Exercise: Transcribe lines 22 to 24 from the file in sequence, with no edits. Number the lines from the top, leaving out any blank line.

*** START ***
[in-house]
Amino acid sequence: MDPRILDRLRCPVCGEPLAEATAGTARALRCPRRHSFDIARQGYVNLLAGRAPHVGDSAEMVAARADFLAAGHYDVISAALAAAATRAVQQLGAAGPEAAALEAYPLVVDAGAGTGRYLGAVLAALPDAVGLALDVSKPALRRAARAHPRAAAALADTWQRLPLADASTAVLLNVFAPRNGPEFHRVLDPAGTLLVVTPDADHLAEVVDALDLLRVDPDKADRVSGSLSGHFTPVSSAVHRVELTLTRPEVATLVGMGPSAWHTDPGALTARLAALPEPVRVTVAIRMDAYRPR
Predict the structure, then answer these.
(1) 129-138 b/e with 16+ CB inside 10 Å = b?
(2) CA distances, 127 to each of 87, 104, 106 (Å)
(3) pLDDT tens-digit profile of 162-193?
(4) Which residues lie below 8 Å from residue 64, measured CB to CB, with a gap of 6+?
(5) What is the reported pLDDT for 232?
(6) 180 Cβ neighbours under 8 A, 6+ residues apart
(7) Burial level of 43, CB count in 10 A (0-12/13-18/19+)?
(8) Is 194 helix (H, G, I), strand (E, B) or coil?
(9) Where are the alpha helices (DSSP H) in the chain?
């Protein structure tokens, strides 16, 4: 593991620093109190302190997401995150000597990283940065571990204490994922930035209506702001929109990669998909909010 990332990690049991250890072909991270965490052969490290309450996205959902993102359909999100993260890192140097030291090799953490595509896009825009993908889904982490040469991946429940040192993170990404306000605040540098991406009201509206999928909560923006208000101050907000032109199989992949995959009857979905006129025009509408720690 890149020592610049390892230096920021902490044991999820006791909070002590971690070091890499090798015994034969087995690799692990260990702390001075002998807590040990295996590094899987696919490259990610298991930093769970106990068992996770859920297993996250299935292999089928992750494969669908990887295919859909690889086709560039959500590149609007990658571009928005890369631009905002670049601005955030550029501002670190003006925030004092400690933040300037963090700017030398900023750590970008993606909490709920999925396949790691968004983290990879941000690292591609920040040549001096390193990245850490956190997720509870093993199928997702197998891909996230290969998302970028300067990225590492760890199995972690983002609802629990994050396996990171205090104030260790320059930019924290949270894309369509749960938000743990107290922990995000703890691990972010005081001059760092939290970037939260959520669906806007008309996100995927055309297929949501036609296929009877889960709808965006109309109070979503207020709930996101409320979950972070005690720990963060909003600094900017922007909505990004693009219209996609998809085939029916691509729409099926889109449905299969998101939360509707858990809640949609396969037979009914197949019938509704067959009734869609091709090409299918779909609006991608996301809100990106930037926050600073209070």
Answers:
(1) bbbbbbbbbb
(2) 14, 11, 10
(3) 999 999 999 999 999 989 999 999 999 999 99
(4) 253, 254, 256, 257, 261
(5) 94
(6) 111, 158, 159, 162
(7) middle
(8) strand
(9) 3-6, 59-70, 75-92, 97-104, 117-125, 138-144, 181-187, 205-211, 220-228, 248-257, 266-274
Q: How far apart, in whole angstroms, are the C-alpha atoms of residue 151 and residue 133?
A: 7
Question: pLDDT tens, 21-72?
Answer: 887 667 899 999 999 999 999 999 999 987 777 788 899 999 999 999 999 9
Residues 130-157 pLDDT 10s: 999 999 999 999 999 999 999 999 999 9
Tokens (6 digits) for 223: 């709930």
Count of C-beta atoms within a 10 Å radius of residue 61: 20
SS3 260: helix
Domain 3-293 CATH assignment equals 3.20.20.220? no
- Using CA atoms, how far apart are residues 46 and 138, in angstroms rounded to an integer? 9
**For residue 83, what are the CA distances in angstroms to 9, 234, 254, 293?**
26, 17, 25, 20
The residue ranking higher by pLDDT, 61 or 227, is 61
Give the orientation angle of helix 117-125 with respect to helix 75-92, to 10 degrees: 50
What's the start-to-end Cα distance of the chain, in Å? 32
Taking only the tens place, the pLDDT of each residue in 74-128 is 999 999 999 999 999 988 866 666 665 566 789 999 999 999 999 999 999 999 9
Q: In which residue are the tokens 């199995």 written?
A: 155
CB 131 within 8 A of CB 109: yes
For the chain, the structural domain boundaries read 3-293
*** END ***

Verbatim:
(8) strand
(9) 3-6, 59-70, 75-92, 97-104, 117-125, 138-144, 181-187, 205-211, 220-228, 248-257, 266-274
Q: How far apart, in whole angstroms, are the C-alpha atoms of residue 151 and residue 133?